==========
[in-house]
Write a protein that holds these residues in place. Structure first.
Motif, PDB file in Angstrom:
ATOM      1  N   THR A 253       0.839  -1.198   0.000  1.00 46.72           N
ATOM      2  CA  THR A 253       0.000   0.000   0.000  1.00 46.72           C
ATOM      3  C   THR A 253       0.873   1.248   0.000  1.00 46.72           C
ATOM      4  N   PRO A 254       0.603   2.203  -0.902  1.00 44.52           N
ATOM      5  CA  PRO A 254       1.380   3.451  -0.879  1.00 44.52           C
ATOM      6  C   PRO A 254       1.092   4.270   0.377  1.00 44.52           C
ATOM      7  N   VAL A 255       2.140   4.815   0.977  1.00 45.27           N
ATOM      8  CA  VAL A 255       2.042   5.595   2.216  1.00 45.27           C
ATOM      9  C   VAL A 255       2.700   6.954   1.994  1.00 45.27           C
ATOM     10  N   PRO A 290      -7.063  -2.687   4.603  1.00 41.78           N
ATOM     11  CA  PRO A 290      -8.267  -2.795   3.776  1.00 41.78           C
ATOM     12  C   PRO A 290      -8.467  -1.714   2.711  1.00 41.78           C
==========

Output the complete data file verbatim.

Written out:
[in-house]
Write a protein that holds these residues in place. Structure first.
Motif, PDB file in Angstrom:
ATOM      1  N   THR A 253       0.839  -1.198   0.000  1.00 46.72           N
ATOM      2  CA  THR A 253       0.000   0.000   0.000  1.00 46.72           C
ATOM      3  C   THR A 253       0.873   1.248   0.000  1.00 46.72           C
ATOM      4  N   PRO A 254       0.603   2.203  -0.902  1.00 44.52           N
ATOM      5  CA  PRO A 254       1.380   3.451  -0.879  1.00 44.52           C
ATOM      6  C   PRO A 254       1.092   4.270   0.377  1.00 44.52           C
ATOM      7  N   VAL A 255       2.140   4.815   0.977  1.00 45.27           N
ATOM      8  CA  VAL A 255       2.042   5.595   2.216  1.00 45.27           C
ATOM      9  C   VAL A 255       2.700   6.954   1.994  1.00 45.27           C
ATOM     10  N   PRO A 290      -7.063  -2.687   4.603  1.00 41.78           N
ATOM     11  CA  PRO A 290      -8.267  -2.795   3.776  1.00 41.78           C
ATOM     12  C   PRO A 290      -8.467  -1.714   2.711  1.00 41.78           C